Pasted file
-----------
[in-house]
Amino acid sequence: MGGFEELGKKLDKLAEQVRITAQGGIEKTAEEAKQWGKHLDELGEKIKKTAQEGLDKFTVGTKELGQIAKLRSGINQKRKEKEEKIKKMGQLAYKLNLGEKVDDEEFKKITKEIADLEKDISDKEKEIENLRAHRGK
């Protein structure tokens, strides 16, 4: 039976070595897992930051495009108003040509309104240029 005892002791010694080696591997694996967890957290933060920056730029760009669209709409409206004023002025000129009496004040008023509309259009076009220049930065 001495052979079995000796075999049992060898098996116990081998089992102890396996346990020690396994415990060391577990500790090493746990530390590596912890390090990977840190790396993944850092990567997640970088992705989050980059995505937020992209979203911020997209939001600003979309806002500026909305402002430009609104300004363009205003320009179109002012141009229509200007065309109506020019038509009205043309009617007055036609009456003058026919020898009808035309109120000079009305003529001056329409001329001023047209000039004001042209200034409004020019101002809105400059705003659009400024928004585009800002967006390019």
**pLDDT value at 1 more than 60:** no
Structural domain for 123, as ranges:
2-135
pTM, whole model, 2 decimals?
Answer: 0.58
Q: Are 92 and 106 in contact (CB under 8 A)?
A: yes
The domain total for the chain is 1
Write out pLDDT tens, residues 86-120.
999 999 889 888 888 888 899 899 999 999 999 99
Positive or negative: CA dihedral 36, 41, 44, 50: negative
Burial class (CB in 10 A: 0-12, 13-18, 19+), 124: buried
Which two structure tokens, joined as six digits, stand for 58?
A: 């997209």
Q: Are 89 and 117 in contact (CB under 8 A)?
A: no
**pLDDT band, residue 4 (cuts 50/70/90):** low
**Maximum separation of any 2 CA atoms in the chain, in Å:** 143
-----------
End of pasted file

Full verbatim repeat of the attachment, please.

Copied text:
[in-house]
Amino acid sequence: MGGFEELGKKLDKLAEQVRITAQGGIEKTAEEAKQWGKHLDELGEKIKKTAQEGLDKFTVGTKELGQIAKLRSGINQKRKEKEEKIKKMGQLAYKLNLGEKVDDEEFKKITKEIADLEKDISDKEKEIENLRAHRGK
């Protein structure tokens, strides 16, 4: 039976070595897992930051495009108003040509309104240029 005892002791010694080696591997694996967890957290933060920056730029760009669209709409409206004023002025000129009496004040008023509309259009076009220049930065 001495052979079995000796075999049992060898098996116990081998089992102890396996346990020690396994415990060391577990500790090493746990530390590596912890390090990977840190790396993944850092990567997640970088992705989050980059995505937020992209979203911020997209939001600003979309806002500026909305402002430009609104300004363009205003320009179109002012141009229509200007065309109506020019038509009205043309009617007055036609009456003058026919020898009808035309109120000079009305003529001056329409001329001023047209000039004001042209200034409004020019101002809105400059705003659009400024928004585009800002967006390019």
**pLDDT value at 1 more than 60:** no
Structural domain for 123, as ranges:
2-135
pTM, whole model, 2 decimals?
Answer: 0.58
Q: Are 92 and 106 in contact (CB under 8 A)?
A: yes
The domain total for the chain is 1
Write out pLDDT tens, residues 86-120.
999 999 889 888 888 888 899 899 999 999 999 99
Positive or negative: CA dihedral 36, 41, 44, 50: negative
Burial class (CB in 10 A: 0-12, 13-18, 19+), 124: buried
Which two structure tokens, joined as six digits, stand for 58?
A: 């997209």
Q: Are 89 and 117 in contact (CB under 8 A)?
A: no
**pLDDT band, residue 4 (cuts 50/70/90):** low
**Maximum separation of any 2 CA atoms in the chain, in Å:** 143